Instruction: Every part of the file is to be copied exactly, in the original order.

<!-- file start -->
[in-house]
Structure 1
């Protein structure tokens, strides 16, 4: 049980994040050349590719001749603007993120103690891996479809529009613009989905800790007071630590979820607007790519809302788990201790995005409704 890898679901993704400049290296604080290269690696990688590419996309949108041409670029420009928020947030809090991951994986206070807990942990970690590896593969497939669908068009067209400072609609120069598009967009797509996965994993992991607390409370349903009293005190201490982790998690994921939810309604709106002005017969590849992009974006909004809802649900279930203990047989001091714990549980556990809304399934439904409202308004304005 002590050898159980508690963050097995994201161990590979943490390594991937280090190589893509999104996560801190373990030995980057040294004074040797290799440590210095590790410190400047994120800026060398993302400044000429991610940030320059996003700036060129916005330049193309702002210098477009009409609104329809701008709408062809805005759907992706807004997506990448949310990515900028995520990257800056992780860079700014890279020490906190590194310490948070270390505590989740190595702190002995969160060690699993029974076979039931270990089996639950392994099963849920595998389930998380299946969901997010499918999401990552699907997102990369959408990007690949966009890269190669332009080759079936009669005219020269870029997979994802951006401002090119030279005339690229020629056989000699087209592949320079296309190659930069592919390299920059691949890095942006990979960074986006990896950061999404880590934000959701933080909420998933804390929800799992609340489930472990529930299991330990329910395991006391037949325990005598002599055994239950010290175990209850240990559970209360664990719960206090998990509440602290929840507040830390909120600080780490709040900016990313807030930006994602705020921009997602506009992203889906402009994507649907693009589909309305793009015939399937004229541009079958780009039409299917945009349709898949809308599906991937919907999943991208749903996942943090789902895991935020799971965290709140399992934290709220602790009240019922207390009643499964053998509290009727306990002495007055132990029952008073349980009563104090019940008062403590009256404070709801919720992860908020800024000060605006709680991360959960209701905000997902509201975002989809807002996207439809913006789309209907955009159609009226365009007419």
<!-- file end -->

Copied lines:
[in-house]
Structure 1
């Protein structure tokens, strides 16, 4: 049980994040050349590719001749603007993120103690891996479809529009613009989905800790007071630590979820607007790519809302788990201790995005409704 890898679901993704400049290296604080290269690696990688590419996309949108041409670029420009928020947030809090991951994986206070807990942990970690590896593969497939669908068009067209400072609609120069598009967009797509996965994993992991607390409370349903009293005190201490982790998690994921939810309604709106002005017969590849992009974006909004809802649900279930203990047989001091714990549980556990809304399934439904409202308004304005 002590050898159980508690963050097995994201161990590979943490390594991937280090190589893509999104996560801190373990030995980057040294004074040797290799440590210095590790410190400047994120800026060398993302400044000429991610940030320059996003700036060129916005330049193309702002210098477009009409609104329809701008709408062809805005759907992706807004997506990448949310990515900028995520990257800056992780860079700014890279020490906190590194310490948070270390505590989740190595702190002995969160060690699993029974076979039931270990089996639950392994099963849920595998389930998380299946969901997010499918999401990552699907997102990369959408990007690949966009890269190669332009080759079936009669005219020269870029997979994802951006401002090119030279005339690229020629056989000699087209592949320079296309190659930069592919390299920059691949890095942006990979960074986006990896950061999404880590934000959701933080909420998933804390929800799992609340489930472990529930299991330990329910395991006391037949325990005598002599055994239950010290175990209850240990559970209360664990719960206090998990509440602290929840507040830390909120600080780490709040900016990313807030930006994602705020921009997602506009992203889906402009994507649907693009589909309305793009015939399937004229541009079958780009039409299917945009349709898949809308599906991937919907999943991208749903996942943090789902895991935020799971965290709140399992934290709220602790009240019922207390009643499964053998509290009727306990002495007055132990029952008073349980009563104090019940008062403590009256404070709801919720992860908020800024000060605006709680991360959960209701905000997902509201975002989809807002996207439809913006789309209907955009159609009226365009007419």